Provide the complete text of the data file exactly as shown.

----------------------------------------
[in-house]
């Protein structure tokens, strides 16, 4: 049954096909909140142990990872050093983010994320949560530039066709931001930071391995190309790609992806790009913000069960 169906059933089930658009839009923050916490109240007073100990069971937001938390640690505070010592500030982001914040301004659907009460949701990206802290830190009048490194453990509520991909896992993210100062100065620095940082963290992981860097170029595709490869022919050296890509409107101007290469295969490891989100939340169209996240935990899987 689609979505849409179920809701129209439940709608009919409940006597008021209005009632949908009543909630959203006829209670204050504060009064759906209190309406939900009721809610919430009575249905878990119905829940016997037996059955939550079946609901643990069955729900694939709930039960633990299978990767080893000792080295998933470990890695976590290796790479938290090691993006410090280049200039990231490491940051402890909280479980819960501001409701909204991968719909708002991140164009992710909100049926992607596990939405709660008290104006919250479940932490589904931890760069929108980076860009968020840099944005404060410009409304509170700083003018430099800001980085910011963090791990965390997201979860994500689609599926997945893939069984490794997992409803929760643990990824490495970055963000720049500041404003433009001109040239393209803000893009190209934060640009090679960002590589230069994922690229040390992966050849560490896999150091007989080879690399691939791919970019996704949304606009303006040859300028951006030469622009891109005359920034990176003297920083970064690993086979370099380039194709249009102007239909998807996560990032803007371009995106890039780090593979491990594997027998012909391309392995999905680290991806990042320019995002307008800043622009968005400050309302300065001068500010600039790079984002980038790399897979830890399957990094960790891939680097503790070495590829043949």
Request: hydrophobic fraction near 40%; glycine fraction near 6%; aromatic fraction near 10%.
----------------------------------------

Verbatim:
[in-house]
């Protein structure tokens, strides 16, 4: 049954096909909140142990990872050093983010994320949560530039066709931001930071391995190309790609992806790009913000069960 169906059933089930658009839009923050916490109240007073100990069971937001938390640690505070010592500030982001914040301004659907009460949701990206802290830190009048490194453990509520991909896992993210100062100065620095940082963290992981860097170029595709490869022919050296890509409107101007290469295969490891989100939340169209996240935990899987 689609979505849409179920809701129209439940709608009919409940006597008021209005009632949908009543909630959203006829209670204050504060009064759906209190309406939900009721809610919430009575249905878990119905829940016997037996059955939550079946609901643990069955729900694939709930039960633990299978990767080893000792080295998933470990890695976590290796790479938290090691993006410090280049200039990231490491940051402890909280479980819960501001409701909204991968719909708002991140164009992710909100049926992607596990939405709660008290104006919250479940932490589904931890760069929108980076860009968020840099944005404060410009409304509170700083003018430099800001980085910011963090791990965390997201979860994500689609599926997945893939069984490794997992409803929760643990990824490495970055963000720049500041404003433009001109040239393209803000893009190209934060640009090679960002590589230069994922690229040390992966050849560490896999150091007989080879690399691939791919970019996704949304606009303006040859300028951006030469622009891109005359920034990176003297920083970064690993086979370099380039194709249009102007239909998807996560990032803007371009995106890039780090593979491990594997027998012909391309392995999905680290991806990042320019995002307008800043622009968005400050309302300065001068500010600039790079984002980038790399897979830890399957990094960790891939680097503790070495590829043949």
Request: hydrophobic fraction near 40%; glycine fraction near 6%; aromatic fraction near 10%.